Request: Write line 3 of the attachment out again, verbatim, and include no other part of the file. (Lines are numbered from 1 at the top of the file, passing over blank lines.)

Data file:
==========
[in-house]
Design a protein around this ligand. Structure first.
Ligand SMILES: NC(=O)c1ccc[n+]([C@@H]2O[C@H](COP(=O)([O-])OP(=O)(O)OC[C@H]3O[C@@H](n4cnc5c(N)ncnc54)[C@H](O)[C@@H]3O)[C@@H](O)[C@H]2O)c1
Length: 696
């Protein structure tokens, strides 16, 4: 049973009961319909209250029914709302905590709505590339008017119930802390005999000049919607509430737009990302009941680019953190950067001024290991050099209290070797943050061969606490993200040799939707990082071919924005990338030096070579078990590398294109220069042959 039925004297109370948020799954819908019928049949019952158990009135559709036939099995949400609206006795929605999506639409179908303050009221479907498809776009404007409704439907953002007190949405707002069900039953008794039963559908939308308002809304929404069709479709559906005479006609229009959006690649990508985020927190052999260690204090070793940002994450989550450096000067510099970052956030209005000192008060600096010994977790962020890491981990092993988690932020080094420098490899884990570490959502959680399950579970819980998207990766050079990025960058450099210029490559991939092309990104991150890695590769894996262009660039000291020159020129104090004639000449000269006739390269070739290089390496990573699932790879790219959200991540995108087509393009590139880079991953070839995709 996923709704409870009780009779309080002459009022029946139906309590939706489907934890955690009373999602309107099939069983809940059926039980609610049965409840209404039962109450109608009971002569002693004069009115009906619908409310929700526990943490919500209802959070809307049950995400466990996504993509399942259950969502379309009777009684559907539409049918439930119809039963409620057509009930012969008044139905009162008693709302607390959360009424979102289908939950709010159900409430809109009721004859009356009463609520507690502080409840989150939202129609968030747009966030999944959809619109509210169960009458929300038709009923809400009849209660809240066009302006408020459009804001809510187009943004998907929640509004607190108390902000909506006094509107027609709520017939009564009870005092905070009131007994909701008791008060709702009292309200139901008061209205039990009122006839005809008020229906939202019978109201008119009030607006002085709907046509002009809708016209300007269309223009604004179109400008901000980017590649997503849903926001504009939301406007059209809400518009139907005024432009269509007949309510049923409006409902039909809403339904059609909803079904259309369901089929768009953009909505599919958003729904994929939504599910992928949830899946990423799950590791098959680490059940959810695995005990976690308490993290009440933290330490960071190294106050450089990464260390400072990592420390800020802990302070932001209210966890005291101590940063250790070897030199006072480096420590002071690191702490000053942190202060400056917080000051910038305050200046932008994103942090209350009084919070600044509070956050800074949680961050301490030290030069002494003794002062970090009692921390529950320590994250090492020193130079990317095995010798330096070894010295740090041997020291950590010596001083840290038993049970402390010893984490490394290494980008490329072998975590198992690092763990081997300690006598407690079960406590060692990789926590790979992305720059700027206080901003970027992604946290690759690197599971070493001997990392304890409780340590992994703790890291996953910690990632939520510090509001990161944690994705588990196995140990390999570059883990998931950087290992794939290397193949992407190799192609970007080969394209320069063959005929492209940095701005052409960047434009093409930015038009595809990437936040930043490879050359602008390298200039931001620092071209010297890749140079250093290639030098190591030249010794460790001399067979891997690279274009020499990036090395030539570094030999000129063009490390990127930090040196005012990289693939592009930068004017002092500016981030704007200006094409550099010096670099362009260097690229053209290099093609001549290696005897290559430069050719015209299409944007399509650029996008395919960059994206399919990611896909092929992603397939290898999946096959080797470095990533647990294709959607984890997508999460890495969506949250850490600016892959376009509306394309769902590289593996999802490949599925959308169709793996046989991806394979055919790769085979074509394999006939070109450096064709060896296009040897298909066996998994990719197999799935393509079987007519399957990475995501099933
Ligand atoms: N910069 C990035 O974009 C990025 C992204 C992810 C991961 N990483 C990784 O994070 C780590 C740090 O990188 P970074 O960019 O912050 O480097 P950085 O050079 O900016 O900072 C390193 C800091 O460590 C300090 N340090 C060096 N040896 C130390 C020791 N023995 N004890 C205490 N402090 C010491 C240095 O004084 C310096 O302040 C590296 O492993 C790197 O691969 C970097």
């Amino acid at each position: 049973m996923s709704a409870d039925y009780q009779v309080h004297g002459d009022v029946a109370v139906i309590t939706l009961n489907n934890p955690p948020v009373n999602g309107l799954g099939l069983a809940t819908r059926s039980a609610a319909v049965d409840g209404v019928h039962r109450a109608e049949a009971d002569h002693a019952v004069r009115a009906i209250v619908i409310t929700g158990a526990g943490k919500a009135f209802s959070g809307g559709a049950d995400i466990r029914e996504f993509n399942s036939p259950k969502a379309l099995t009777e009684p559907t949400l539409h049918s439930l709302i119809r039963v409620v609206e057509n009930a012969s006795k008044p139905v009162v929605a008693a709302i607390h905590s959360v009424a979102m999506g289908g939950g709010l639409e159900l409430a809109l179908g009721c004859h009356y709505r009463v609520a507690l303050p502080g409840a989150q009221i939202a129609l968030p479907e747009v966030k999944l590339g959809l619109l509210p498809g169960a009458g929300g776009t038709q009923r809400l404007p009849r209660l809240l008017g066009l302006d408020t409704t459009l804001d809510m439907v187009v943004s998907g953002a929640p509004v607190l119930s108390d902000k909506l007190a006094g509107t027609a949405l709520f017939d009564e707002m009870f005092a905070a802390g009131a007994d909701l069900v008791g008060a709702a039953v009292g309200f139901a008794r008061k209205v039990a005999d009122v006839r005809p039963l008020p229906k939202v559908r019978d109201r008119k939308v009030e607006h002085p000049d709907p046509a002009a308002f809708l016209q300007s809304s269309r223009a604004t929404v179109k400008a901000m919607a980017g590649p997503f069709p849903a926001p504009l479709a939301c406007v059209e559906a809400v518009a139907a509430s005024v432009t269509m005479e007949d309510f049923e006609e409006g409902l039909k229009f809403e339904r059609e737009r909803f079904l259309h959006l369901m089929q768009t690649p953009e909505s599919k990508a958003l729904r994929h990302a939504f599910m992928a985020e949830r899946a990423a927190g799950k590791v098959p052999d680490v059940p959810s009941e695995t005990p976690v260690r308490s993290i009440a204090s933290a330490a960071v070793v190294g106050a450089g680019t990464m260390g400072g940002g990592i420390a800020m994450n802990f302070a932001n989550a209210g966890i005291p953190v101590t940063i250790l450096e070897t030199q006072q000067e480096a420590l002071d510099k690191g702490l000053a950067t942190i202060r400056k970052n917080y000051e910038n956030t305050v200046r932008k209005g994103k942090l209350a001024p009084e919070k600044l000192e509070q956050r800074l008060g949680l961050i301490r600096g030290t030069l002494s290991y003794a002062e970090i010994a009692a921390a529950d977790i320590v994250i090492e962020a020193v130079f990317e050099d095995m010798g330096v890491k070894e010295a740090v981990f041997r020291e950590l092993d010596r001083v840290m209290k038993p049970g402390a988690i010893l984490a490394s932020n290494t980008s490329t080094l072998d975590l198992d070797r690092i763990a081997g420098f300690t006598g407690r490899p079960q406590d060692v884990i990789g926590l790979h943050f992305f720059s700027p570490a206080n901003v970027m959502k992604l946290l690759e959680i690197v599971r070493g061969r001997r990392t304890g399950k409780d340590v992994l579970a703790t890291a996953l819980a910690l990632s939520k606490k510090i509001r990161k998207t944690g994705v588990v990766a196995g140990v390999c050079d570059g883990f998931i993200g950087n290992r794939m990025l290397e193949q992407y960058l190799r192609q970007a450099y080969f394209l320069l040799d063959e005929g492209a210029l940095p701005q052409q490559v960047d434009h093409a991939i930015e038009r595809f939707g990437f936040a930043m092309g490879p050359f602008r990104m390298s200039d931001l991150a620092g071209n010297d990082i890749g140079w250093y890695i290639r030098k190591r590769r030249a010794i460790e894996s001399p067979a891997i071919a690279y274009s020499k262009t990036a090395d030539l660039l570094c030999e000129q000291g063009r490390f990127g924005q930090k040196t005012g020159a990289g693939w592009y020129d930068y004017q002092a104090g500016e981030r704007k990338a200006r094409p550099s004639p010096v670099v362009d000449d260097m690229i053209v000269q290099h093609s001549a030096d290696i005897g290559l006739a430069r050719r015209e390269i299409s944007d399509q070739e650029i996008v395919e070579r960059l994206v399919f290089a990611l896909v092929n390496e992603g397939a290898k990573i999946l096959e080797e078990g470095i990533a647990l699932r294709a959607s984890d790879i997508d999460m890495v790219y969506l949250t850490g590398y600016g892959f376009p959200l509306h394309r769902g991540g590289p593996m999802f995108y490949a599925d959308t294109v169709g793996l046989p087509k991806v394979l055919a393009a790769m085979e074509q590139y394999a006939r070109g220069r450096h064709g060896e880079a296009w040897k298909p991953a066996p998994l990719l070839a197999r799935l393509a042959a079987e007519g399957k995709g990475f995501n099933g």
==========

Ligand SMILES: NC(=O)c1ccc[n+]([C@@H]2O[C@H](COP(=O)([O-])OP(=O)(O)OC[C@H]3O[C@@H](n4cnc5c(N)ncnc54)[C@H](O)[C@@H]3O)[C@@H](O)[C@H]2O)c1